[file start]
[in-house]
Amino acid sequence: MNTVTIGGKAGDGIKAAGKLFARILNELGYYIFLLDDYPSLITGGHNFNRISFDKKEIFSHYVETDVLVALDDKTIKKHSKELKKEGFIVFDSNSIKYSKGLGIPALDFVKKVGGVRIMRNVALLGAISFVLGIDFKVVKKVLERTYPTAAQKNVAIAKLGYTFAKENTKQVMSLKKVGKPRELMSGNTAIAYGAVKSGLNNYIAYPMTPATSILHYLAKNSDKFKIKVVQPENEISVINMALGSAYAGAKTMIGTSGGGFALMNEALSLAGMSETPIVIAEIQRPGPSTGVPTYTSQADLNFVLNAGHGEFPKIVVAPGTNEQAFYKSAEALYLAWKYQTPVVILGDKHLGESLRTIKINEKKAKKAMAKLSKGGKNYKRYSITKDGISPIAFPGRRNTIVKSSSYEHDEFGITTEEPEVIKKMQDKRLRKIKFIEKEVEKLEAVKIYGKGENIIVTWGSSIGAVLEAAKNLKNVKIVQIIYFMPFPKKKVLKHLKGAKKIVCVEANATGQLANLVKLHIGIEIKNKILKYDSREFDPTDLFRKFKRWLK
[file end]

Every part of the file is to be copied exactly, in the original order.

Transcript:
[in-house]
Amino acid sequence: MNTVTIGGKAGDGIKAAGKLFARILNELGYYIFLLDDYPSLITGGHNFNRISFDKKEIFSHYVETDVLVALDDKTIKKHSKELKKEGFIVFDSNSIKYSKGLGIPALDFVKKVGGVRIMRNVALLGAISFVLGIDFKVVKKVLERTYPTAAQKNVAIAKLGYTFAKENTKQVMSLKKVGKPRELMSGNTAIAYGAVKSGLNNYIAYPMTPATSILHYLAKNSDKFKIKVVQPENEISVINMALGSAYAGAKTMIGTSGGGFALMNEALSLAGMSETPIVIAEIQRPGPSTGVPTYTSQADLNFVLNAGHGEFPKIVVAPGTNEQAFYKSAEALYLAWKYQTPVVILGDKHLGESLRTIKINEKKAKKAMAKLSKGGKNYKRYSITKDGISPIAFPGRRNTIVKSSSYEHDEFGITTEEPEVIKKMQDKRLRKIKFIEKEVEKLEAVKIYGKGENIIVTWGSSIGAVLEAAKNLKNVKIVQIIYFMPFPKKKVLKHLKGAKKIVCVEANATGQLANLVKLHIGIEIKNKILKYDSREFDPTDLFRKFKRWLK